This is the second feature in an occasional series on simple ways to green your home, room by room. It may be one of the smallest rooms...
This is the second feature in an occasional series on simple ways to green your home, room by room.
It may be one of the smallest rooms in your home, but the bathroom offers myriad ways to reduce your environmental impact. So don’t flush those opportunities down the drain. Here are some ideas for a quick weekend green-up.
Pop in the shower first, and take a look at your shower curtain. Yikes! If it has mold or grunge (we’ve all been there), you need to clean it or replace it. Several cleaning-tip Web sites recommend tossing your shower curtain in the washing machine with a couple towels, using detergent and a little bleach. But don’t put it in the dryer; let it drip dry.
- Kam Chancellor’s forced fumble and K.J. Wright’s illegal batted ball help Seahawks stop Lions
- National media reacts to controversial call on Kam Chancellor
- Evergreen senior’s death renews football-safety debate
- Our state’s greatest gift to the nation just got canceled
- Many homeowners stuck owing more than their houses are worth
Most Read Stories
Most shower curtains are made of polyvinyl chloride (PVC), a plastic that can emit toxics into the environment, especially during production. When you need a new shower curtain, consider a greener, chlorine-free material called polyethylene vinyl acetate (PEVA or EVA).
As part of a toxics-reduction effort, Target currently offers shower curtains and liners made from EVA as well as cloth and is working to achieve a nearly 90 percent non-PVC level in its own brands by spring, according to Target spokesman Joshua Thomas.
You can also reduce your water use by installing a low-flow showerhead.
Most newer showerheads have a rated flow of 2.5 gallons per minute (gpm), but for less than $20 you can find a showerhead rated at 1.75 gpm or lower. Choose a model with a shut-off valve above the showerhead, which reduces water flow to a dribble while lathering.
Many shampoos, soaps and other cosmetics contain questionable chemicals. To check out yours, consult the “Skin Deep” online cosmetics safety database (www.cosmeticsdatabase.com), maintained by the nonprofit Environmental Working Group. It lists more than 27,000 products.
To complement your new showerhead, install a low-flow aerator on the end of the faucet in your sink. If your current aerator has a flow of 2 gpm or more (it’s imprinted on the aerator), save money on your water bill with a 1 gpm aerator, which costs under $10. And never ignore a drippy faucet. At one drop a second, that drip-drip-drip can waste 2,700 gallons of water a year, says the GreenHome Guide.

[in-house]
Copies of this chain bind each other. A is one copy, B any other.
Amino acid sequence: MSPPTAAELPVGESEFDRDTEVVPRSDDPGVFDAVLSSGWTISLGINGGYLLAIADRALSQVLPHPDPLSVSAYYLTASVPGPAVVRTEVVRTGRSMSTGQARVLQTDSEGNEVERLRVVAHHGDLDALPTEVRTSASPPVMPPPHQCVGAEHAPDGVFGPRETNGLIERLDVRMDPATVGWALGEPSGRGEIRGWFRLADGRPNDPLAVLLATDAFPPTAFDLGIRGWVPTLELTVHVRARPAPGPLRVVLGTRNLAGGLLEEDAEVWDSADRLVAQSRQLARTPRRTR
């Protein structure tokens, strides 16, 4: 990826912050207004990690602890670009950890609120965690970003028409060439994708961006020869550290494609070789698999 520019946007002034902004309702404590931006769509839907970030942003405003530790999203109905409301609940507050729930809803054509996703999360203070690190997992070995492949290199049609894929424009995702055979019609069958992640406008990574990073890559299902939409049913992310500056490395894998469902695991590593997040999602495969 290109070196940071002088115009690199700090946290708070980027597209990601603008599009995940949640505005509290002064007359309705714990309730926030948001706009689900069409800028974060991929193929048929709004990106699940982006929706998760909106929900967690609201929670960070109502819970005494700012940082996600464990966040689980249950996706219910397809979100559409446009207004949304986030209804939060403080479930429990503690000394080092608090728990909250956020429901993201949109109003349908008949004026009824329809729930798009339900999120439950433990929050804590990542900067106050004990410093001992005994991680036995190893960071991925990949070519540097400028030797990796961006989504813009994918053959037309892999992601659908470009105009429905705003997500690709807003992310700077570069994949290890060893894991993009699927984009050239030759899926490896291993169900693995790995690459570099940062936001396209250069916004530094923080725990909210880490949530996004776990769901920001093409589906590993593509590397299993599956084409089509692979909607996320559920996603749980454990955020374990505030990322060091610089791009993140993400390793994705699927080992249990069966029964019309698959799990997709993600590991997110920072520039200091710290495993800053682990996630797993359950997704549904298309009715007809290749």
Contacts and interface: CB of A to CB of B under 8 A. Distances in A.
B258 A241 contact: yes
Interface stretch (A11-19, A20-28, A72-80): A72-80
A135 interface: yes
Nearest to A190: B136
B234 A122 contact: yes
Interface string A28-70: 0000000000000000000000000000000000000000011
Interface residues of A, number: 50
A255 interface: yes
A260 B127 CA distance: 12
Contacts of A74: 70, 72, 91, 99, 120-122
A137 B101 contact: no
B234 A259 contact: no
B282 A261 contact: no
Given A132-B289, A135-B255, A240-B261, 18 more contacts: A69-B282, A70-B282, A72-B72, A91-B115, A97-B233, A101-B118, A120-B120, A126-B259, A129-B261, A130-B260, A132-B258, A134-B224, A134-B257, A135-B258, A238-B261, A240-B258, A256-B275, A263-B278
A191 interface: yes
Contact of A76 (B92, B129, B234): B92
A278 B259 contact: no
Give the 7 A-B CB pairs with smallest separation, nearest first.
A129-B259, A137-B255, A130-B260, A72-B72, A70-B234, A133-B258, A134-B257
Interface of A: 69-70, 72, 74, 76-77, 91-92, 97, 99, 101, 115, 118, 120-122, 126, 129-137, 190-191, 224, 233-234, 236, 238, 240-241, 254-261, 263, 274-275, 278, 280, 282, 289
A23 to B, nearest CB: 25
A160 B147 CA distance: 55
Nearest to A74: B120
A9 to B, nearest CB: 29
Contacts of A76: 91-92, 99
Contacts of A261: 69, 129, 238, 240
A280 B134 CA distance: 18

Also save some green by cleaning your mirror without chemicals. Real Simple magazine suggests using plain water and a washable microfiber cleaning cloth, available online and at many local stores.
As the most important seat in the house, the toilet must be kept clean. But you don’t need heavy-duty cleaners. Try a basic non-chlorine scouring powder such as the inexpensive Bon Ami brand, which also works well for cleaning the bathtub. And don’t waste your money on toilet bowl brushes with “disposable” or “flushable” heads. An old-fashioned reusable toilet bowl brush works just fine.
Keep in mind that King County Wastewater Treatment Division recommends against flushing anything (even products labeled flushable) down the toilet except bodily wastes and toilet paper.
You can also green your toilet paper by buying brands with recycled content, such as Seventh Generation or Green Forest. If every U.S. household replaced just one roll of virgin-fiber toilet paper with 100-percent recycled toilet paper, we could save 424,000 trees, according to the Natural Resources Defense Council.
If your water bill seems surprisingly high, you may have a leaky toilet, which can waste up to 600 gallons of water a month. Internet resources can help you find and fix a leak.
Recycle in here, too
Place a small recycling container in the cabinet under the sink, or somewhere else out of the way. You probably generate more recyclables than you realize in the bathroom, including plastic bottles, cardboard packaging and toilet-paper cores.
Compact fluorescent lamps (CFLs) work well in the bathroom. For recessed fixtures, choose bulbs labeled for that usage. High humidity can sometimes shorten the life of CFLs, so remember to run the fan during showers and baths (a good idea in general to avoid moisture problems).
To complete your weekend green-bathroom makeover, consider organic cotton towels, now widely available on the Internet and at a few local stores, such as Goods for the Planet. Most cotton farming relies heavily on pesticides, so your towels can help lessen that load. You can also find towels made from bamboo, considered a green material because it usually is grown without pesticides. However, bamboo processing often involves caustic chemicals, so those towels may not be quite so green after all.
Considering a bathroom remodel in the future? Go for the green. A dual-flush toilet, tubular skylight or tiles made from recycled materials could make your bathroom an eco-friendly palace. After all, it already has the throne.
Tom Watson is project manager for King County’s Recycling and Environmental Services. Reach him at email@example.com, 206-296-4481 or www.KCecoconsumer.com.